2. Input/Output is reduced, leading to better performance

Data deduplication and compression explained in a use case

Let’s say we have 1 TB of actual data to store. On average, cloud SSD storage costs $0.10 per GB/month, so $100 per TB/ month.

If the data can be reduced by 80% using deduplication and compression—which is likely— effective cost per TB is just 20% of the original projection, or $20 per TB/month. Now add in auto-tiering, and that cuts the cost in half again by using a combination of SSD and lower-cost HDD, and you have a $10 /TB cost basis.

If we estimate your storage needs grow to 10 TB over time, you will pay $100 per month – that’s the amount you would have been paying for basic file storage services for 1TB of data before dedupe and data compression.

The net effect of these combined storage efficiency capabilities delivered by SoftNAS, for example, is to reduce the effective cost per GB from $0.10 per GB/month to $0.02 per GB/month by combining tiering, compression and deduplication – without sacrificing performance. With the rapidly-increasing amount of data that must be managed, who doesn’t want to cut their cloud storage bill by 500%?

Auto-Optimized Tiered Storage with SoftNAS

SoftNAS offers SmartTiers, auto-tiered storage with the added advantage of flexible operations. After deduplication and compression, data is stored in tiers – with tiering that you can configure and control, according to policies to suit your usage patterns, and optimize further as your usage evolves. Our goal is to achieve the price/performance equation that suits your business, so even when data stored away in a low-cost tier is accessed, only the particular block accessed migrates up to the hot tier, not the entire file. With a user-friendly interface, you can continue to manage the policies and thresholds, and the capacity of the tiers, and the rest of the cost-saving optimizations happen automatically and transparently.

Want to know what kind of savings you can achieve with SoftNAS SmartTiers? Try our storage cost-savings calculator.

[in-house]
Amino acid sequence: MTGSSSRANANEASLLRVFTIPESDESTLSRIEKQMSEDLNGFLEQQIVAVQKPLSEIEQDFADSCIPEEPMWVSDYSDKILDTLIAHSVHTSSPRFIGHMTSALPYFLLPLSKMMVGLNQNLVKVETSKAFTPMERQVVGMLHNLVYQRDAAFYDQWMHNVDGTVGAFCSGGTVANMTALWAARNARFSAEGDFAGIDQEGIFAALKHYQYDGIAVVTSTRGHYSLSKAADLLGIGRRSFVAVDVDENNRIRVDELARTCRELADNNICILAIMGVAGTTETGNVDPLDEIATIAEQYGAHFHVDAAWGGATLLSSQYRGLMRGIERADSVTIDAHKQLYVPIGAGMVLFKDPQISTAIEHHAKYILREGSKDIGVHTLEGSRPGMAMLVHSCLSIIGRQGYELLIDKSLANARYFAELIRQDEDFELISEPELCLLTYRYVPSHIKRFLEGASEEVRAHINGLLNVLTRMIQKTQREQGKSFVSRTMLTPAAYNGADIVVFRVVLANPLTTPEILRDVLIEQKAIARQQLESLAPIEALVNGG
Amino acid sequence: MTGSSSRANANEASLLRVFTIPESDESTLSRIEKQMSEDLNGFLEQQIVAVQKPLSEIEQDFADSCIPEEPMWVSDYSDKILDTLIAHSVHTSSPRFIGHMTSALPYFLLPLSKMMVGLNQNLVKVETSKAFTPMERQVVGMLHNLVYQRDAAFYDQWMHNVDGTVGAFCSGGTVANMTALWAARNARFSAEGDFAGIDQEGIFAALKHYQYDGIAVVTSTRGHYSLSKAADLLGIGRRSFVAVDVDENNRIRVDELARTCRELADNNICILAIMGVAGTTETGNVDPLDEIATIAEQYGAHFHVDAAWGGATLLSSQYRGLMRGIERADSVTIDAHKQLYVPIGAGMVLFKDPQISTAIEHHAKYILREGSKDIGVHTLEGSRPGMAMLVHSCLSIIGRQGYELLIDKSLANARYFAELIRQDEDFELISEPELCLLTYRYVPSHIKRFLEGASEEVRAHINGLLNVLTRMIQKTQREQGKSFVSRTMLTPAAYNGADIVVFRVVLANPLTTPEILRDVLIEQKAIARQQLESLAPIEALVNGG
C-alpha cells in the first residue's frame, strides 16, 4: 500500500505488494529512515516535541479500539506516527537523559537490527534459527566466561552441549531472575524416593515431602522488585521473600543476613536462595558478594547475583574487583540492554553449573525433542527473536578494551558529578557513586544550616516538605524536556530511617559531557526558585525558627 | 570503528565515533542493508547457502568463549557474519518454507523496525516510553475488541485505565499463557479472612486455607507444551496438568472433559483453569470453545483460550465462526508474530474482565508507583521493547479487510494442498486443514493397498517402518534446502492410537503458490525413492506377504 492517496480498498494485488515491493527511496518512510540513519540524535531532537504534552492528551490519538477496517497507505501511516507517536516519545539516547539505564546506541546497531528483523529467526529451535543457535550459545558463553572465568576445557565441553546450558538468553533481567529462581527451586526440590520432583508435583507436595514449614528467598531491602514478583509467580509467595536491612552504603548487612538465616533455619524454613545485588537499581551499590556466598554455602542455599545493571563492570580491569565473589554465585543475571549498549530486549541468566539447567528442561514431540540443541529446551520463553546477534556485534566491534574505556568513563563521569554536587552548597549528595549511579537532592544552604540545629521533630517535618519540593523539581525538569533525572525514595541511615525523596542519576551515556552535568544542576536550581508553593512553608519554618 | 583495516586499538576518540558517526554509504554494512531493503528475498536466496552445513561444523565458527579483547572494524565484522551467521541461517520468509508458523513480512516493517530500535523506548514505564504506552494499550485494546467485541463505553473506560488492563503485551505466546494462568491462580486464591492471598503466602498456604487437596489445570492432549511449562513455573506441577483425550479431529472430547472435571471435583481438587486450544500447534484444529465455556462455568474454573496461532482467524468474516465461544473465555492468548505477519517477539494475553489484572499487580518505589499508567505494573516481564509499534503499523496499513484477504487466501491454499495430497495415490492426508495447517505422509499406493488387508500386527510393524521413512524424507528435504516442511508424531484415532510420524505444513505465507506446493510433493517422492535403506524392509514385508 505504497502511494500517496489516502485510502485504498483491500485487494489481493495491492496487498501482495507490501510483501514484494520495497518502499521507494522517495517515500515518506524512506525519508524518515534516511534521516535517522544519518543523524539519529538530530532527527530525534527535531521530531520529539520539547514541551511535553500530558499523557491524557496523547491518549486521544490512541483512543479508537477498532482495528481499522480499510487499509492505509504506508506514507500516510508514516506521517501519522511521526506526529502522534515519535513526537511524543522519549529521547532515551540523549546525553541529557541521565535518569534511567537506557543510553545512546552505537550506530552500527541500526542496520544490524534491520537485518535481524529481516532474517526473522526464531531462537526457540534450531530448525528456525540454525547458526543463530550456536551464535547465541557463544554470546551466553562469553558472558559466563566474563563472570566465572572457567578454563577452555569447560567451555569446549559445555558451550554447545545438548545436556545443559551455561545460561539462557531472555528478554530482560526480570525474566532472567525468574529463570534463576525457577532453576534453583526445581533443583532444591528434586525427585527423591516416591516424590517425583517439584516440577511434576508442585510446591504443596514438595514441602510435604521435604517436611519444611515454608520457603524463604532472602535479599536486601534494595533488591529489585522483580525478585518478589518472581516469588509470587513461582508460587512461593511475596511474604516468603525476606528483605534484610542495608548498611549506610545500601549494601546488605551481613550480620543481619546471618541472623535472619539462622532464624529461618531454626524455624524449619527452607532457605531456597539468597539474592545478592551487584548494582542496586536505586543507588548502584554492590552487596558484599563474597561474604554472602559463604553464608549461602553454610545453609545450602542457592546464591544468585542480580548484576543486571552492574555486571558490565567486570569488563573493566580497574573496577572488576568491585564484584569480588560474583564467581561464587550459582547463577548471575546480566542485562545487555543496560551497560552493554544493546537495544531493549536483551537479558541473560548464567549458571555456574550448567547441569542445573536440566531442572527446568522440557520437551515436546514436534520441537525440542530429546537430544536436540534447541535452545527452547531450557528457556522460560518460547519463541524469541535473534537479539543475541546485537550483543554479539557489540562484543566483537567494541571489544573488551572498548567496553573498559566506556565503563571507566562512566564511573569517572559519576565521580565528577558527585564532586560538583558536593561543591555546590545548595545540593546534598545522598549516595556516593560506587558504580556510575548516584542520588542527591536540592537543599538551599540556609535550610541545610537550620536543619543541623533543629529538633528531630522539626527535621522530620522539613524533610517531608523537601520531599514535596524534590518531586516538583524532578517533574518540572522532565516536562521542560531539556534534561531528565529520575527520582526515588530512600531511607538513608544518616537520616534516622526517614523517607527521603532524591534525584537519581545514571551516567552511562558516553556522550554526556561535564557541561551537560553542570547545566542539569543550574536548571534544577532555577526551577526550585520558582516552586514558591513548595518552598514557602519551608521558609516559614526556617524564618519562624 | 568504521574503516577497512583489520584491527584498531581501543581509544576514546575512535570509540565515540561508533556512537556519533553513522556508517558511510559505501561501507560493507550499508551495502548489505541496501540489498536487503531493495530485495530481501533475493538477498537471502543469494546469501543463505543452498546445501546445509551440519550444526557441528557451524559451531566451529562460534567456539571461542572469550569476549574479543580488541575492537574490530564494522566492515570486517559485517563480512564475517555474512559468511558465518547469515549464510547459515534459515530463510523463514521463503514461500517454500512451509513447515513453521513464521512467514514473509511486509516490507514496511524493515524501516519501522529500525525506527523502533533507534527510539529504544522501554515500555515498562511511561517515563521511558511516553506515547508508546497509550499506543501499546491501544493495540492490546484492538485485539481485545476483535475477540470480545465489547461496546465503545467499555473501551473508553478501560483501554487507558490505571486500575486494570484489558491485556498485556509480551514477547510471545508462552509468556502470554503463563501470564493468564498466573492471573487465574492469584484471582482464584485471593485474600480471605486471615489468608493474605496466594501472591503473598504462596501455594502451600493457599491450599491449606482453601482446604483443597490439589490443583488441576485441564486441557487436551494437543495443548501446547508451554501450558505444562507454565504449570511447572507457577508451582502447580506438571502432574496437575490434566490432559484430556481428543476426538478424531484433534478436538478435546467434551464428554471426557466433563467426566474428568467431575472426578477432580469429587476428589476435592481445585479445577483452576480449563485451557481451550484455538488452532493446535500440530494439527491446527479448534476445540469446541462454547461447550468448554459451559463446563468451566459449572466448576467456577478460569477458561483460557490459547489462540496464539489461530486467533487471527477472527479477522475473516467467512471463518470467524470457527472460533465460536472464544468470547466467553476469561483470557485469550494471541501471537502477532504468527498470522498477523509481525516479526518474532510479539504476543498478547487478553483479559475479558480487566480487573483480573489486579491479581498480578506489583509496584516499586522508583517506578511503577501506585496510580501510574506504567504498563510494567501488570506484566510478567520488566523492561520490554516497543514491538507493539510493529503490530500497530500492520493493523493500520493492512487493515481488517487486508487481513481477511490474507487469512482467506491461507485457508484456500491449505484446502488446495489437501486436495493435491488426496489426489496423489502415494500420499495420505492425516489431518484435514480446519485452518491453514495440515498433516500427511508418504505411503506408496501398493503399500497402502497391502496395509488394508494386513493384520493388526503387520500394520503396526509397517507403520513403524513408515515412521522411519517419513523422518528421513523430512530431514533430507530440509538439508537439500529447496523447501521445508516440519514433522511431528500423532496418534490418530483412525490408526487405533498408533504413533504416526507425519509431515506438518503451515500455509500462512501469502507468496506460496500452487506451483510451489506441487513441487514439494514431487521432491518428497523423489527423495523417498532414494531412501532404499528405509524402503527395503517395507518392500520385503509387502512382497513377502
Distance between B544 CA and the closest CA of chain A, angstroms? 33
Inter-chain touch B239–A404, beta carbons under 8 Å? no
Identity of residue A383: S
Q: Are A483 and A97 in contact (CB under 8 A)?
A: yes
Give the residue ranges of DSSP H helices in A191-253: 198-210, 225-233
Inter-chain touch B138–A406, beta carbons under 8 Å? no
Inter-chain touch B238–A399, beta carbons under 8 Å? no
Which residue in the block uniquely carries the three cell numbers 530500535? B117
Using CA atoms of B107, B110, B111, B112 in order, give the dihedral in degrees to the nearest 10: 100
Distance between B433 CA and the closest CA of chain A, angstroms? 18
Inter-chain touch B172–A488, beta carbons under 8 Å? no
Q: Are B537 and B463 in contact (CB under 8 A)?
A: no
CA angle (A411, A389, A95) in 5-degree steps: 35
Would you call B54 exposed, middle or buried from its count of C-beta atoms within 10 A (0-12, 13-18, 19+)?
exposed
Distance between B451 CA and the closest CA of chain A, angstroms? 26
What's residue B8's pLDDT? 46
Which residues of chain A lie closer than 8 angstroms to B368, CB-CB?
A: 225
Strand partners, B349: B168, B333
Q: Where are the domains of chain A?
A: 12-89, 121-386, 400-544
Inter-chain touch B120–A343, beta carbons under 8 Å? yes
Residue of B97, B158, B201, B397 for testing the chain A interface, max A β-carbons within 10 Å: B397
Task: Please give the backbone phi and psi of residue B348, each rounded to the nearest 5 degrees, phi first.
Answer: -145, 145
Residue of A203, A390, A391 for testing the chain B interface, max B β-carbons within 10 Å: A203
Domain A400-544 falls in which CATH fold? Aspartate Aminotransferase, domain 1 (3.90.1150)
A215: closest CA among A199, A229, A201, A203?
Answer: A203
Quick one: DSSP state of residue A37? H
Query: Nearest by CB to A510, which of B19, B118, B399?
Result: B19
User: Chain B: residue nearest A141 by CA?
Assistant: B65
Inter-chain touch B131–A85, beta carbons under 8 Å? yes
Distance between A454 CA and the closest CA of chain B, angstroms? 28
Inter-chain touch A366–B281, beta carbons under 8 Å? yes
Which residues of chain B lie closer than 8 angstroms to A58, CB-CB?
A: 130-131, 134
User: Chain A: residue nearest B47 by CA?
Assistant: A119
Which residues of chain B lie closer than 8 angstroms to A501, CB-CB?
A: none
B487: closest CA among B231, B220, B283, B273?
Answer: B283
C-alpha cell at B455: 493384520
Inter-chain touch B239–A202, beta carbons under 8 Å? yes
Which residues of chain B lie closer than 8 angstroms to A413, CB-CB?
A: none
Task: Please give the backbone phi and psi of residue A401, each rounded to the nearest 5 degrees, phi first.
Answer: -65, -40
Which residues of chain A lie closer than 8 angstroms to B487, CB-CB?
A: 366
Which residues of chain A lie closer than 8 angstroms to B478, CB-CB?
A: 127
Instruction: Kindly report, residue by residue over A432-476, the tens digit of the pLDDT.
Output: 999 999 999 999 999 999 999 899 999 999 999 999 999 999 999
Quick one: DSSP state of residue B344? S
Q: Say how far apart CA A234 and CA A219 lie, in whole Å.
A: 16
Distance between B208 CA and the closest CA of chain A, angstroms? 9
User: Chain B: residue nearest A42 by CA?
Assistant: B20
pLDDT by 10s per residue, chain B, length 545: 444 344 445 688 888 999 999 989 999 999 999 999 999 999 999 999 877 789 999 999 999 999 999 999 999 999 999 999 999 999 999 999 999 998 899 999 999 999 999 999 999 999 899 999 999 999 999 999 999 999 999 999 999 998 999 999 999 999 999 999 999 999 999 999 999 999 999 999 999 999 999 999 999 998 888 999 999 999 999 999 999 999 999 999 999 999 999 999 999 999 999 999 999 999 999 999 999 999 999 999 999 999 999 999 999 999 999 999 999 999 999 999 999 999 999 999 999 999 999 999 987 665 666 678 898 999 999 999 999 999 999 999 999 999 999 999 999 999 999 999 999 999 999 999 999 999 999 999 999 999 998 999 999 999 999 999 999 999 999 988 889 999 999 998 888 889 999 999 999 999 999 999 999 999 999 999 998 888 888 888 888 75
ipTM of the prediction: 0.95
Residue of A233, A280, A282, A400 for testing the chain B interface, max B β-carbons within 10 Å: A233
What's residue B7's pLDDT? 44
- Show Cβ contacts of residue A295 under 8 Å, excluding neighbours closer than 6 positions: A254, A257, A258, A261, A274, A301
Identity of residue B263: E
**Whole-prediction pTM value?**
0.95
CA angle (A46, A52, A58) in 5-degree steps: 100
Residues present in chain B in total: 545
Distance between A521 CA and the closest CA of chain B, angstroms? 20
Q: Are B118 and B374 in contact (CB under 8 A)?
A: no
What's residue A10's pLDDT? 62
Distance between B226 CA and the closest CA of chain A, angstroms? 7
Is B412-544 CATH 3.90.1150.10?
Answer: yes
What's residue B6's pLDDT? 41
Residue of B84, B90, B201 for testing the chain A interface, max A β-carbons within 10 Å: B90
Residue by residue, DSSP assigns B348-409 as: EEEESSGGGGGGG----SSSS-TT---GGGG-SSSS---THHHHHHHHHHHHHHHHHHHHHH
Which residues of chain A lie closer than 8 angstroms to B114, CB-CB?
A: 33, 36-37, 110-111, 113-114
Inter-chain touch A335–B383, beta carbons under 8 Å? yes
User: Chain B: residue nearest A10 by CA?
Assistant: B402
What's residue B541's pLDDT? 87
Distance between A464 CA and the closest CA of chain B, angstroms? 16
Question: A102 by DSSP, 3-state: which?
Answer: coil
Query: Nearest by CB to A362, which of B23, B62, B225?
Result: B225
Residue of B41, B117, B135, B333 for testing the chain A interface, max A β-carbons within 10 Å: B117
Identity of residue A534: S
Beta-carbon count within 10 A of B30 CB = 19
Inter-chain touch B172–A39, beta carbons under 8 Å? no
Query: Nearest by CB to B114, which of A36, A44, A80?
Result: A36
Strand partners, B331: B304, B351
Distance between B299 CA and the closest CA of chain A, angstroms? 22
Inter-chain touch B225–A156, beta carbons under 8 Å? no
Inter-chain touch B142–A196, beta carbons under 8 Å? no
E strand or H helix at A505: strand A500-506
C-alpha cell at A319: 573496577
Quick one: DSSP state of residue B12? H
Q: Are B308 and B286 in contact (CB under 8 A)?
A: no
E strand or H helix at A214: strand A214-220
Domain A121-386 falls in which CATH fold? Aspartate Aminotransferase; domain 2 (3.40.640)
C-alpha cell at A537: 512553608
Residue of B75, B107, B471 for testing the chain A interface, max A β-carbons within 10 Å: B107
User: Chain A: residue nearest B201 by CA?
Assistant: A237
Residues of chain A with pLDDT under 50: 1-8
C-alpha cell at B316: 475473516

Cloudberry Backup – Affordable & Recommended Cloud Backup Service on Azure & AWS

Let me tell you about a CIO I knew from my days as a consultant. He was even-keeled most of the time and could handle just about anything that was thrown at him. There was just the one time I saw him lose control – when someone told him the data backups had failed the previous night. He got so flustered, it was as if his career was flashing before him, and the ship might sink and there were no remaining lifeboats.

If You Don’t Backup Data, What Are the Risks?

Backing up one’s data is a problem as old as computing itself. We’ve all experienced data loss at some point, along with the pain, time and costs associated with recovering from the impacts caused in our personal or business lives. We get a backup to avoid these problems, an insurance you hope you never have to use, but, as Murphy’s Law goes, if anything can go wrong, it will.

Data storage systems include various forms of redundancy and the cloud is no exception. Though there are multiple levels of data protection within cloud block and object storage subsystems, no amount of protection can cure all potential ills. Sometimes, the only cure is to recover from a backup copy that has not been corrupted, deleted or otherwise tampered with.

SoftNAS provides additional layers of data protection atop cloud block and object storage, including storage snapshots, checksum data integrity verification on each data block, block replication to other nodes for high availability and file replication to a disaster recovery node. But even storage snapshots rely upon the underlying cloud storage block and object storage, which can and does fail occasionally.